The Council took note of the statements made and agreed to revert to the matter at its next meeting.
10.1. The Chairman recalled that, at its meeting in February 2003, the Council had adopted a decision on the "Implementation of Article 66.2 of the TRIPS Agreement". Paragraph 1 of the Decision provided that developed country Members shall submit annually reports on actions taken or planned in pursuance of their commitments under Article 66.2. To this end, they were to provide new detailed reports every third year and, in the intervening years, provide updates to their most recent reports. These reports were to be submitted prior to the last Council meeting scheduled for the year in question.

10.2. The fourth set of detailed annual reports under the Decision had been presented to the Council's meeting in November 2012. At its meeting in June 2014, the Council had requested developed country Members to submit a second set of updates to these reports for the present meeting. The Secretariat had issued on 24 July an airgram (WTO/AIR/4336) to remind developed country Members of this request.

10.3. To date, the Council had received updates to the annual reports from the following developed country Members: Australia; Japan; New Zealand; Canada; Norway; Switzerland, as well as the United States. This documentation was circulated in document IP/C/W/602 and addenda. The report submitted by the European Union and individual member States, namely Austria; Belgium; Denmark; Estonia; Finland; France; Ireland; Luxemburg; the Netherlands; Slovakia; Spain; Sweden and the United Kingdom, had been made available as a room document on documents online and would also be circulated as an addendum to document IP/C/W/602.

10.4. The Chairman recognized that some of the information had been received only very recently, and most of it was, so far, available only in its original language. Therefore, he suggested that Members make further comments on the information at the next TRIPS Council's meeting.

10.5. He said that, for the seventh year in a row, the Secretariat had organized, at the request by LDC Members, a workshop on transfer of technology under Article 66.2 back-to-back to with the Council's end-of-year meeting on 27 October 2014. It had again brought together LDC and developed country experts to discuss this matter at a very practical level, building on the earlier workshops. There had been again a constructive exchange of views which was useful to both LDC and developed country delegations.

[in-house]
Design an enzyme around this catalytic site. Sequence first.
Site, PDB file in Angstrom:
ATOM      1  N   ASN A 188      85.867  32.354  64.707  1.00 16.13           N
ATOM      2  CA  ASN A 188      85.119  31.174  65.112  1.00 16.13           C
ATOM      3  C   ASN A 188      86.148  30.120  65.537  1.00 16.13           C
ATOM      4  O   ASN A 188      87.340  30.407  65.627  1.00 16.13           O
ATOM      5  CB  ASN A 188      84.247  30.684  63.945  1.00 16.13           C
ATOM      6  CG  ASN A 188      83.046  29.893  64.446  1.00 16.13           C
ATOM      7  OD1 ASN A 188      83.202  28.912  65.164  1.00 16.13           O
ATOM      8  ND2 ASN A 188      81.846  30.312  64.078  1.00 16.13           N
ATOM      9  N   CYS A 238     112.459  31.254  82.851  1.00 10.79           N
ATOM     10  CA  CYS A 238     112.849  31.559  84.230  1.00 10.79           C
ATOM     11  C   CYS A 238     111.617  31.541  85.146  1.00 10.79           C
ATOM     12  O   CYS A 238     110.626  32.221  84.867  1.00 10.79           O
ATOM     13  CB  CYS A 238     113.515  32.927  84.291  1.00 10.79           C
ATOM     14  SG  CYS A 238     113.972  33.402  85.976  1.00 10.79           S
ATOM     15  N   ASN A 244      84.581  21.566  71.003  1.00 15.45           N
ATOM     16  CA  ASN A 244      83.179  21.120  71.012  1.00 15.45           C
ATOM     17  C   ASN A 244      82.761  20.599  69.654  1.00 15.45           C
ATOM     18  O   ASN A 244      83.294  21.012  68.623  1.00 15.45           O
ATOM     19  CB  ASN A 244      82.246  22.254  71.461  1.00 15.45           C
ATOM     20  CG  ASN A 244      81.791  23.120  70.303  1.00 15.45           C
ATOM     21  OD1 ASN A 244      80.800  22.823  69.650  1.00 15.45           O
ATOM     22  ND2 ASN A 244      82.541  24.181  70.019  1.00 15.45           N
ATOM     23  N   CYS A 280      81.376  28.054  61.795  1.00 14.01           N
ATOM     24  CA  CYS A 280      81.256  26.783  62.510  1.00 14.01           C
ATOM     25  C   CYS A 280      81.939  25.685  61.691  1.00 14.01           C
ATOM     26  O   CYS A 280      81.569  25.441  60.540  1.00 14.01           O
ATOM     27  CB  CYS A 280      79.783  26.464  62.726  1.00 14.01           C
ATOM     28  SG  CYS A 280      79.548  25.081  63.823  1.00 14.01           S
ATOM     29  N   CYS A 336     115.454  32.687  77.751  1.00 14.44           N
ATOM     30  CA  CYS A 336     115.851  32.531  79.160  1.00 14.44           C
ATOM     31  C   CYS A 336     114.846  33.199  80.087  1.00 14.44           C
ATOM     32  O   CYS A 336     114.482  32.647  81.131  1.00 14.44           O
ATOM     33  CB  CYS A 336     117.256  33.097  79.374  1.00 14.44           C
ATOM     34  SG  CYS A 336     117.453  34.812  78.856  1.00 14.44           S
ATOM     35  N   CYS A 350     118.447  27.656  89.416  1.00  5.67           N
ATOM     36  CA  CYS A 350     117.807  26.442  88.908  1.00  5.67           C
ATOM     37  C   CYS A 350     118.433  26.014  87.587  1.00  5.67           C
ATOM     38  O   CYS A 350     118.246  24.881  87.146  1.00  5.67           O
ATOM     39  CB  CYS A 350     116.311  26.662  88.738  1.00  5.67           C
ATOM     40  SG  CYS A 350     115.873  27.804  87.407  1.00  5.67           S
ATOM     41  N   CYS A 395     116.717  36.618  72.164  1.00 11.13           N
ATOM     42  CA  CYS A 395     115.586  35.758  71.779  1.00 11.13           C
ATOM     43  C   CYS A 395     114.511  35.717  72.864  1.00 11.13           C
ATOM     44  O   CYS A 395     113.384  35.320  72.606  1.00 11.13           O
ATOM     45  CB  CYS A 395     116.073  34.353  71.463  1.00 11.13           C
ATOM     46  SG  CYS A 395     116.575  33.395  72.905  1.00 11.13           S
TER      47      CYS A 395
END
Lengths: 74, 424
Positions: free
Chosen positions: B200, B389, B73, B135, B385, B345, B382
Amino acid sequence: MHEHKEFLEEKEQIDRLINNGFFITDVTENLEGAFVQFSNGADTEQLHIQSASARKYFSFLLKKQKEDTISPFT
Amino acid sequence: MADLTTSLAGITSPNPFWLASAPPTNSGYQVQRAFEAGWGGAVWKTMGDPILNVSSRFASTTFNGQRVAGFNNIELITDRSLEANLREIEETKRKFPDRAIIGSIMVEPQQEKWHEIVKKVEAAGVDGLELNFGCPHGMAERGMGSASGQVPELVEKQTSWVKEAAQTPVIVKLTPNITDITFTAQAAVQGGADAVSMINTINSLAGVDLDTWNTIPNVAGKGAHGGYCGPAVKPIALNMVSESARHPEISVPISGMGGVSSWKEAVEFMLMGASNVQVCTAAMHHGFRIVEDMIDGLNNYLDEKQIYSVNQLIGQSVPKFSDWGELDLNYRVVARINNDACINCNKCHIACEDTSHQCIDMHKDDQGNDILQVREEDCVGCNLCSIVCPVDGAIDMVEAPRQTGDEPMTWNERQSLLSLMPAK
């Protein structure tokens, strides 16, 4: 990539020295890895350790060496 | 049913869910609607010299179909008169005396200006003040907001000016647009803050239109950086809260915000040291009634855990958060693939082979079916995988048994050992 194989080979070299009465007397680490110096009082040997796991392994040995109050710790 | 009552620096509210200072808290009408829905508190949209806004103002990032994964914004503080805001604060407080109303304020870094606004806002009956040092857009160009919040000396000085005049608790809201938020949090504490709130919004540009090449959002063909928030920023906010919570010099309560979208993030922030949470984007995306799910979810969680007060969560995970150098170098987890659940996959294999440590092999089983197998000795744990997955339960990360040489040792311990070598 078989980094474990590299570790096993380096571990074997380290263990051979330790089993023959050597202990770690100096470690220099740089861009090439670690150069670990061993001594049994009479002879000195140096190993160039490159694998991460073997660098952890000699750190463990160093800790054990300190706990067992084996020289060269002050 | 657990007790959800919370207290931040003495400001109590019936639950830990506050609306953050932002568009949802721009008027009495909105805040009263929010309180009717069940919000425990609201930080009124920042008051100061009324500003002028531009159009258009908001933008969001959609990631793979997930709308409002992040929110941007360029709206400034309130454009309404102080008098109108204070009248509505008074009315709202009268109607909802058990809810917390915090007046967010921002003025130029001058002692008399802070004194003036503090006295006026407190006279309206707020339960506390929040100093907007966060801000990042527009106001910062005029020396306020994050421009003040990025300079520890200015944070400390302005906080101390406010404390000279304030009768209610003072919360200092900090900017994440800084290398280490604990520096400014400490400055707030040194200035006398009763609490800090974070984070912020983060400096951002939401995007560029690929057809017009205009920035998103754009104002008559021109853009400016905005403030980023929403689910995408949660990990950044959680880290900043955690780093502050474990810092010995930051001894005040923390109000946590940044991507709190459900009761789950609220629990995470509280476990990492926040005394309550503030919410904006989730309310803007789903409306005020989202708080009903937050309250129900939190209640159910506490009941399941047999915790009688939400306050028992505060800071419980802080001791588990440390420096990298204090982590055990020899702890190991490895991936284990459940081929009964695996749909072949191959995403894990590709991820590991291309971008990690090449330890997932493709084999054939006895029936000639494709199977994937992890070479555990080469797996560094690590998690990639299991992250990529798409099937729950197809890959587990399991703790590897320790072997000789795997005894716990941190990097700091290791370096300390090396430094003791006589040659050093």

10.6. The discussions had also covered the reporting format that could be used by developed country Members in order to make the information provided more accessible. He recalled that, at the tenth review, Haiti on behalf of the LDC Group requested that the Council adopt the proposed format for reports submitted by developed country Members under Article 66.2 contained in a communication submitted by Angola on behalf of the LDC Group prior to the ninth review and circulated in document IP/C/W/561. The Secretariat had informed the Council a number of times of its work to develop an information management tool for this purpose that would facilitate the submission, processing and circulation of information on available incentives. One thing that was being explored was how the substantive concerns could be reflected in any such new tools. This had been considered at the Workshop.

10.7. In order to record the questions posed to reporting developed country Members on the occasion of the previous Workshop held on 9 October 2013, a compilation of these questions had been circulated as a room document on documents online at the request of the LDC Group.

10.8. The representatives of Australia; the European Union; New Zealand; Nepal; the United States; Bangladesh on behalf of the LDC Group and Bangladesh took the floor.

10.9. The Chairman thanked the Secretariat for organizing once more the Workshop and the delegations concerned for their constructive contributions at the Workshop; and indicated that the Council would provide an opportunity, at the next meeting, for Members to make further comments on the information submitted for this meeting that they might not yet have been able to study.

10.10. The Council took note of the statements made and agreed to revert to the matter at its next meeting.

IP/C/M/77, IP/C/M/77/Add.1